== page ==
Imagine a six-year-old—let’s call her Angela—who has just graduated from Kindergarten at her public elementary school a couple of weeks ago. She is from a family of limited means, and her parents both work long hours to support her and her younger brothers. What do the next three months look like for students like Angela? Unfortunately, the days are too often full of TV and caring for younger siblings at a relative’s or neighbor’s home, with little or no access to outdoor activities, age-appropriate books, other children their age or experiences that will enhance and build on what they learned in school.
Now imagine Andre, also six years old and a recent Kindergarten graduate. Like Angela, Andre is from a low-income household and his parents are busy working to provide for their four children. Unlike Angela, Andre’s summer will be filled with books, robotics, nutritious meals, team sports and swimming. Andre will join thousands of children across the nation who attend academically focused summer learning programs.
Today is National Summer Learning Day, a day when hundreds of communities across the country are holding events to celebrate the importance of summer learning. You might think that kids wouldn’t find anything to celebrate about learning in the summer. But the reality is that for many children in low-income neighborhoods, summer is a dead-zone. Research from The Wallace Foundation confirms that low-income children fall behind academically over the summer and that this loss is cumulative and a major contributor to the achievement gap.
For too many children, summer is also a dangerous time for their health. According to a report released by The National Summer Learning Association, the break from school leaves many low-income children without access to healthy meals and physical activity. Researchers have found that children tend to gain weight two to three times faster during the summer as compared to the school year. Studies also show correlations between overweight children and poorer levels of academic achievement.
For thousands of children these problems will be averted as they arrive on college campuses and independent schools this summer to attend a tuition-free, high-quality summer learning program called Horizons. Horizons students will stay in the program for many years, beginning in Kindergarten, returning to the same campus summer after summer. Instead of losing academic ground, they will improve their reading and math skills as well as learn how to swim, play team-building games, go on field trips and begin to build life-long friendships. Horizons students will eat healthy food and many will learn to care for and harvest fresh fruits and vegetables in a community or school garden.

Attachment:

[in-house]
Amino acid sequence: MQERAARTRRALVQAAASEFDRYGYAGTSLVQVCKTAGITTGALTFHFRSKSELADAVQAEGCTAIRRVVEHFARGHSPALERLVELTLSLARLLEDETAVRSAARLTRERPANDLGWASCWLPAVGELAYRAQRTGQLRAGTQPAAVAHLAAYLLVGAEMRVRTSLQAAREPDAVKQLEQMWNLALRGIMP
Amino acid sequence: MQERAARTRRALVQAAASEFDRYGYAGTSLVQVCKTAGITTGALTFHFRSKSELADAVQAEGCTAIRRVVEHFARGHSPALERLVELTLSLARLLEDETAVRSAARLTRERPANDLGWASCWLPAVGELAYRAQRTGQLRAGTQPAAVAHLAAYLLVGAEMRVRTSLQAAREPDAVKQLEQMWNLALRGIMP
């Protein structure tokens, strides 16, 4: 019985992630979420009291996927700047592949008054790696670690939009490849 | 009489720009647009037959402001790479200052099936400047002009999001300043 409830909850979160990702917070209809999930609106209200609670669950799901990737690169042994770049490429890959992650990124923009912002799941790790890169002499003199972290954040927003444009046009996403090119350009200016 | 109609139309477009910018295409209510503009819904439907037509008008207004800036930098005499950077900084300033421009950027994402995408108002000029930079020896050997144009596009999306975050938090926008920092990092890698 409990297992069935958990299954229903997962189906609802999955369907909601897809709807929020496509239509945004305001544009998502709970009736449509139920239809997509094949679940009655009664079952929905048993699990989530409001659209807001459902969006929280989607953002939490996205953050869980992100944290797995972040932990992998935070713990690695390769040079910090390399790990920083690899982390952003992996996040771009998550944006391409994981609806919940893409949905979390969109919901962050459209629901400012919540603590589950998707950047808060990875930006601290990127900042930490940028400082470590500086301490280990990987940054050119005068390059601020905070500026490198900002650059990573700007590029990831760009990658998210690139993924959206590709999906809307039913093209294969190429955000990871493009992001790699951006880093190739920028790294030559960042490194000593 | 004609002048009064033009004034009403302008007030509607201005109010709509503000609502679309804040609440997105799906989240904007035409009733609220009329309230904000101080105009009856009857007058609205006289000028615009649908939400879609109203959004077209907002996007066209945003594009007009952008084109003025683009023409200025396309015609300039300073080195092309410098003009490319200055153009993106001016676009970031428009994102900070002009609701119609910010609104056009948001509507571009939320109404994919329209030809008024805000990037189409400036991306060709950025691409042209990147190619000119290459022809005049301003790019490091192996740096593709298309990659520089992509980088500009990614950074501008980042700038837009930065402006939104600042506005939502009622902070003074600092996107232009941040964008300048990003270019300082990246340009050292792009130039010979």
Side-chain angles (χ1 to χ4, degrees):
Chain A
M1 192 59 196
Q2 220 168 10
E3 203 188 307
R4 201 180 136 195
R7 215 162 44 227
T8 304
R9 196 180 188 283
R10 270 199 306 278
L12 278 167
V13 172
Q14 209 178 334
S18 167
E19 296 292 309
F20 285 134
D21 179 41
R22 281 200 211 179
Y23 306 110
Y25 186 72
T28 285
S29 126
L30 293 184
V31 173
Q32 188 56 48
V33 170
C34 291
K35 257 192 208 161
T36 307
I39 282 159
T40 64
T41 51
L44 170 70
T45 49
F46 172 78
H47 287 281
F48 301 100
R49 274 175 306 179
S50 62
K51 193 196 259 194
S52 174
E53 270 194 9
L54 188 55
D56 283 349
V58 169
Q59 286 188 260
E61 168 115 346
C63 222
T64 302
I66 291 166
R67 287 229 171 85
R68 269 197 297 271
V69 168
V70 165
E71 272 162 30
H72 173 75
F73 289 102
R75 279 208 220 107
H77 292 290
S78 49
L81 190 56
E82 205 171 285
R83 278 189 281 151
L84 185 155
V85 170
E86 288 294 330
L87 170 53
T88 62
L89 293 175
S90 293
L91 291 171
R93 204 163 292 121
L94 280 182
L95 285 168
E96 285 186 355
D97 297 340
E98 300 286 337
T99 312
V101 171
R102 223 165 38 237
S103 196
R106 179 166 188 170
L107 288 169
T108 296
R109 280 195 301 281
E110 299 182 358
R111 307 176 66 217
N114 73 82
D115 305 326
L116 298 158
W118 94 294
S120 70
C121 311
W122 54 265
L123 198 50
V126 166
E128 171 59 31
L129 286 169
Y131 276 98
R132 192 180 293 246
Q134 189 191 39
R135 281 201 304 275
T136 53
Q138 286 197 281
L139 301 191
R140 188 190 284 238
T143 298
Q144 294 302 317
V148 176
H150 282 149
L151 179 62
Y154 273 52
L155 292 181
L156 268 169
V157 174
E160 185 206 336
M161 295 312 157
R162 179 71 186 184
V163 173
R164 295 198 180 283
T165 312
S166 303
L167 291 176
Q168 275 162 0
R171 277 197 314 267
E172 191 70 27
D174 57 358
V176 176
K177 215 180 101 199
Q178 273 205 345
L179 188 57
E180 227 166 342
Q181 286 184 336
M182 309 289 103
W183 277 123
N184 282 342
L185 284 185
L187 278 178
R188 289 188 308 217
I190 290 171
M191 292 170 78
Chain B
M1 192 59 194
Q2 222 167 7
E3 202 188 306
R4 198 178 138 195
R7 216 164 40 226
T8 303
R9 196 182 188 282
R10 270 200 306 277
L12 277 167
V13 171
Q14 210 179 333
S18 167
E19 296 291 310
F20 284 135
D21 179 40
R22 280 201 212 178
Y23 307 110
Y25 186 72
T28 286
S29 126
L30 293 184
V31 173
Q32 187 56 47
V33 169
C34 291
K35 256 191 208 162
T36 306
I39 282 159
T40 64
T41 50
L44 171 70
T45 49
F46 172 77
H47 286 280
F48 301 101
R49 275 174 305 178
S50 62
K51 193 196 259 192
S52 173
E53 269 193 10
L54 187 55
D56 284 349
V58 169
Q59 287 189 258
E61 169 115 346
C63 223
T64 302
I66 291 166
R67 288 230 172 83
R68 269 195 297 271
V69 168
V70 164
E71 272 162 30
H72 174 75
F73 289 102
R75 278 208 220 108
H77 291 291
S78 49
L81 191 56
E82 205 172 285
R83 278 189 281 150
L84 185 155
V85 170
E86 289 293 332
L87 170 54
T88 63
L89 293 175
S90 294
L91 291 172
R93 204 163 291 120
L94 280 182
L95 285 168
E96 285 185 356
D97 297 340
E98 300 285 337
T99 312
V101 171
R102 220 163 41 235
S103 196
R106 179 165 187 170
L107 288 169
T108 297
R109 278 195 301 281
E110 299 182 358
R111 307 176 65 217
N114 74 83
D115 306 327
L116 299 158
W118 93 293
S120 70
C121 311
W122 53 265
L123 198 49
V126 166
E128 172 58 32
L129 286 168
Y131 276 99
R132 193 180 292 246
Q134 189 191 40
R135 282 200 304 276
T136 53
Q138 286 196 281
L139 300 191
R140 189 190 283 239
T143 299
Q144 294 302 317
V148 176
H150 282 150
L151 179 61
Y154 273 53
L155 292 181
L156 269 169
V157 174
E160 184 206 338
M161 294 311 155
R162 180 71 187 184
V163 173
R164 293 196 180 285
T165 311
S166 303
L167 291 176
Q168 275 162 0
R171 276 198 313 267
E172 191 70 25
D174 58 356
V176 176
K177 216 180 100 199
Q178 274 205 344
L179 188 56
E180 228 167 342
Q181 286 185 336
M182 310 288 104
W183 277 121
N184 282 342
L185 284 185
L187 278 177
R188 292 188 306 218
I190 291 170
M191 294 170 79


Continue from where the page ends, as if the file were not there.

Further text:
Horizons programs are popping up all over the country, with 26 programs in 11 states in 2012. Traditionally, Horizons programs have been run by independent schools, but in the past couple of years, colleges and universities have become interested in the Horizons model of serving low-income public school students in their communities. These schools see a good fit between Horizons and their own missions and goals --including building their student pipeline, providing clinical opportunities for graduate students, and participating in meaningful community partnerships.
Horizons is just one of many high-quality summer learning programs, but only a small fraction of the families who want and need them have access to programs like these. What’s more, summer learning programs are one of the first items cut when budgets get tight. It is proven that programs like Horizons can dramatically improve the academic and life trajectories for their students. The problem is there simply aren’t enough of these programs to meet the overwhelming demand.
On this National Summer Learning Day, we celebrate the work being done by many communities so that summer is a time for growth and inspiration for students like Andre. We need more resources devoted to summer learning to ensure that children like Angela are not left to fall further and further behind.
Lorna Smith is the chief executive officer of Horizons National
All statements and opinions expressed on this blog are those of the individual contributors, and not of the Bill & Melinda Gates Foundation or NBC News.